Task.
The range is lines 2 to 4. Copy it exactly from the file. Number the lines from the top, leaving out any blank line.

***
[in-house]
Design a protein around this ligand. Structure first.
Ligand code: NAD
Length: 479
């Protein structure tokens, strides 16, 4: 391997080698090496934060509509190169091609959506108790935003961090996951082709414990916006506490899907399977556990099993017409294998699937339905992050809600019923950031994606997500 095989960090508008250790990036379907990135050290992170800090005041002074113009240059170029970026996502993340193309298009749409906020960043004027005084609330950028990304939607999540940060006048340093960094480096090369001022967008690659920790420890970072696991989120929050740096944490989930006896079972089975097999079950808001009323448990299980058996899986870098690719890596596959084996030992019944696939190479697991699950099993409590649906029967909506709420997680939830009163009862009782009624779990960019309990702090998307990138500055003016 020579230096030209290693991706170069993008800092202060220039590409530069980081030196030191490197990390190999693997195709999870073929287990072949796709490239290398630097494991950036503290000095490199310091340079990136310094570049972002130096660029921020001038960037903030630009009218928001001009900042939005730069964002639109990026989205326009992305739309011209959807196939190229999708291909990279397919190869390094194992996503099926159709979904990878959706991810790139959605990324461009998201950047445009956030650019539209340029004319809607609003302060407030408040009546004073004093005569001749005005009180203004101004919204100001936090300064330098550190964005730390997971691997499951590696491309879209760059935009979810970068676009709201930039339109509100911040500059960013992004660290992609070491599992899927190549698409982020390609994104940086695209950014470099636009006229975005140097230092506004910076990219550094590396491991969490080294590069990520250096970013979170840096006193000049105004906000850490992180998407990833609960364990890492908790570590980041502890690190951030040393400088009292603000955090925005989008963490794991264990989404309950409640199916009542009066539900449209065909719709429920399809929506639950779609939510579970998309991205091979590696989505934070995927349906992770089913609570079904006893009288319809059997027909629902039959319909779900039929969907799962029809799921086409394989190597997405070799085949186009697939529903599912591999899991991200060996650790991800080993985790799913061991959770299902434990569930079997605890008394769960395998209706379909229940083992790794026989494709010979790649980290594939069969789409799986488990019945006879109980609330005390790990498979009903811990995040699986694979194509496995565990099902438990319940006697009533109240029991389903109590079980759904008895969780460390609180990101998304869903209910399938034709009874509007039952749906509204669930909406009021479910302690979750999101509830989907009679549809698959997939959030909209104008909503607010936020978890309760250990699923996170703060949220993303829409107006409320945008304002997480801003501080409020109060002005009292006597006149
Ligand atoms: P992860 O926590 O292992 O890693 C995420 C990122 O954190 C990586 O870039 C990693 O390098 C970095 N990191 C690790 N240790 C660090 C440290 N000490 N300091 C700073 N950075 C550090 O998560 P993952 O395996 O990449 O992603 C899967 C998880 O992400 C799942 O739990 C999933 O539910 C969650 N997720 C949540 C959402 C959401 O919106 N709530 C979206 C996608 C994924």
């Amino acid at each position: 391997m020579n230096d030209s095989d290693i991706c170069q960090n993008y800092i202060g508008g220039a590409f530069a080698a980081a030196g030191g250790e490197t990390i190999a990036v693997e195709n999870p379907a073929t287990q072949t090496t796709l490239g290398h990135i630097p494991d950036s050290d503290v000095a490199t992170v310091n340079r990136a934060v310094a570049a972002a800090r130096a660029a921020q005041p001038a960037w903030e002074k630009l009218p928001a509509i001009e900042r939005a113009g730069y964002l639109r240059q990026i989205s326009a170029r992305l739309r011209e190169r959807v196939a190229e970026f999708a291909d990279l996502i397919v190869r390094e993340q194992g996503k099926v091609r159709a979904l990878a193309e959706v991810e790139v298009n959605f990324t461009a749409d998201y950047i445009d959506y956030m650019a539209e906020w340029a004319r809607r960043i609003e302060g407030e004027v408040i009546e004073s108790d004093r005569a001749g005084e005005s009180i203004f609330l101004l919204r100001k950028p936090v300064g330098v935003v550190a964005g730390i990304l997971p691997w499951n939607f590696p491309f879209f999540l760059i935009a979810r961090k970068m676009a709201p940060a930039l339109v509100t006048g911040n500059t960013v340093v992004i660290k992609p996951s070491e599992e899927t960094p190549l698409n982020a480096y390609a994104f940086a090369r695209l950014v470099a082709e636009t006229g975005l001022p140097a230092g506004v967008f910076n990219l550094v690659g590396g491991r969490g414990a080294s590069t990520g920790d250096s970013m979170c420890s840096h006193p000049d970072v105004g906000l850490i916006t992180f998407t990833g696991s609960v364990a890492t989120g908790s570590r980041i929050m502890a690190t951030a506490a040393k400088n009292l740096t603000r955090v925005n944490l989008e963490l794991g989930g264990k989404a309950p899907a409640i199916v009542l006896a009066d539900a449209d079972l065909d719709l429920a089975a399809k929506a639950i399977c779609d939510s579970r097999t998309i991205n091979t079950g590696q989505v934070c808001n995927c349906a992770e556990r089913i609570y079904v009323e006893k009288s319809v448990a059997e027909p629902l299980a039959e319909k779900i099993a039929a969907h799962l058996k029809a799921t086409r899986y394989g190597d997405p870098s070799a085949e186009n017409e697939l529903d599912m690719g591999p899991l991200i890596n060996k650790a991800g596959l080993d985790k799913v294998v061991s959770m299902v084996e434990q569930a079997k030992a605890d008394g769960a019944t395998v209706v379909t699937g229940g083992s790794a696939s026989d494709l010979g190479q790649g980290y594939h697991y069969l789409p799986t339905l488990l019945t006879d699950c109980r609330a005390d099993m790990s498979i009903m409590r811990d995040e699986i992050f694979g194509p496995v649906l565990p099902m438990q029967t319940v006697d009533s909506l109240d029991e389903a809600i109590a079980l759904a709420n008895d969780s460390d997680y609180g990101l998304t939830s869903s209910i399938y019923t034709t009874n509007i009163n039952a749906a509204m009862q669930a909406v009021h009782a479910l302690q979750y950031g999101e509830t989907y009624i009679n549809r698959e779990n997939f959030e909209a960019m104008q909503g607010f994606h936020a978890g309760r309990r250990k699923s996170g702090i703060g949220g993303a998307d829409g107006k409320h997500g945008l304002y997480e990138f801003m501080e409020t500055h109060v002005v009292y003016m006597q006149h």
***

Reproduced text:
Design a protein around this ligand. Structure first.
Ligand code: NAD
Length: 479